Do Hard Things

I’m reading Bren Brown’s book Dare to Lead these days. One part of the book challenges us to examine our values. She refers to Jim Collins’ work saying that if you have more than two values, then you don’t have any. It’s been a challenge for me to narrow down to just two things as the core values for who I am. Today I’m settled on these two: Growth and Faith…though I’m not 100% certain those are the best ideas to capture my values ultimately. I would have finished this book a month or so ago if I could get myself past this chapter on values. Perhaps the thing I’m discovering in this is that I’ve been operating without clear values for most of my life, or at the least without an awareness of my values. That’s a conversation for me and those closest to me and a therapist though. This book has challenged me, and I’m rising to that challenge, albeit a bit slower than I would have wanted.

Growth as a value requires that I act rather than react. Growth doesn’t happen accidentally or in a void. It happens by taking in and responding to. Animals grow by working to gather nutrients and convert them into energy. You don’t have to watch the BBC series Life to know that growth takes work. Therefore, one of the actions I undertake as I try to live out this value is to do things that challenge me. I know on the surface this sounds like a no-brainer, but as I examine my life, I find that I often opt out of challenge in favor of comfort. I don’t practice my guitar because I’ve let the callouses on my fingers wear away and it hurts to play now. I don’t practice my Spanish because it’s embarrassing to talk to my computer and others in a language that makes me sound like a toddler. I read books and articles that support my assumptions rather than challenge them. I find excuses to skip my run or day at the gym. I could go on…basically I’m saying that it’s easy to opt out of growth. This ease doesn’t excuse me from the need to grow or the challenges that come in that growth.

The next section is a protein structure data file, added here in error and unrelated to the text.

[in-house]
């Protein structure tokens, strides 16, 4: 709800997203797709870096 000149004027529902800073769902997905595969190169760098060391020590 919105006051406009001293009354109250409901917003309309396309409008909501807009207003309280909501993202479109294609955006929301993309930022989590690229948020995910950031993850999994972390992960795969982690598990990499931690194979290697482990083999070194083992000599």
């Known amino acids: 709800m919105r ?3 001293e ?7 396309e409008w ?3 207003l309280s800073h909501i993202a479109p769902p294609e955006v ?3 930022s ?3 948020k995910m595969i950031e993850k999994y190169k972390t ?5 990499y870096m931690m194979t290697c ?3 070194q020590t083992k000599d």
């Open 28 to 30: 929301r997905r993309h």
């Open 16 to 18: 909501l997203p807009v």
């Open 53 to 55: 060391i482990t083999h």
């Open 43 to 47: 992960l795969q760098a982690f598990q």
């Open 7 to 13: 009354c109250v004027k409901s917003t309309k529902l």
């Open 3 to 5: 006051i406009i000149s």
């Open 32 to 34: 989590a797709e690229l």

Lent is a season in the Christian faith that is focused on growth. Growth in our knowledge and love of God as disciples of Jesus the Messiah. This season of Lent draws near to an end. I began with a challenge to “do hard things” for myself. One of the hard things I’ve worked at is the discipline of journaling. I have taken a page out of Jim Collins’ practice and kept a record of what I’ve done during the day and how I’m feeling at the end of the day. I’ve also reflected upon why I might feel that way given the high and low points throughout the day. I haven’t been perfect in this discipline, but I’ve written more in these days of Lent than I had in the previous year. I’ll call that growth! It’s hard for me to set aside time before going to bed when I will stop, focus, and reflect. For some of us this may be a simple thing, but the intentionality of it has been a challenge. When I’m tired and just want to go to bed, I have to muster up the energy to reflect, or I have to do this before I get tired. This practice has given me new insights into myself, and my relationships with others. I highly recommend it! I’m grateful for this Lenten challenge and will continue to practice this discipline because I know it’s a challenge to actively reflect. (I know that sounds like an oxymoron.) Growth happens because we act, and action is challenging.

What hard thing are you avoiding? What core value do you avoid because it requires work to live into? Lent may be ending, but that doesn’t mean our growth has to. I invite you to join me in growing as a disciple of Jesus the Messiah, or at least a human being who is gifted and empowered to do great things in this world. God bless you my friends!

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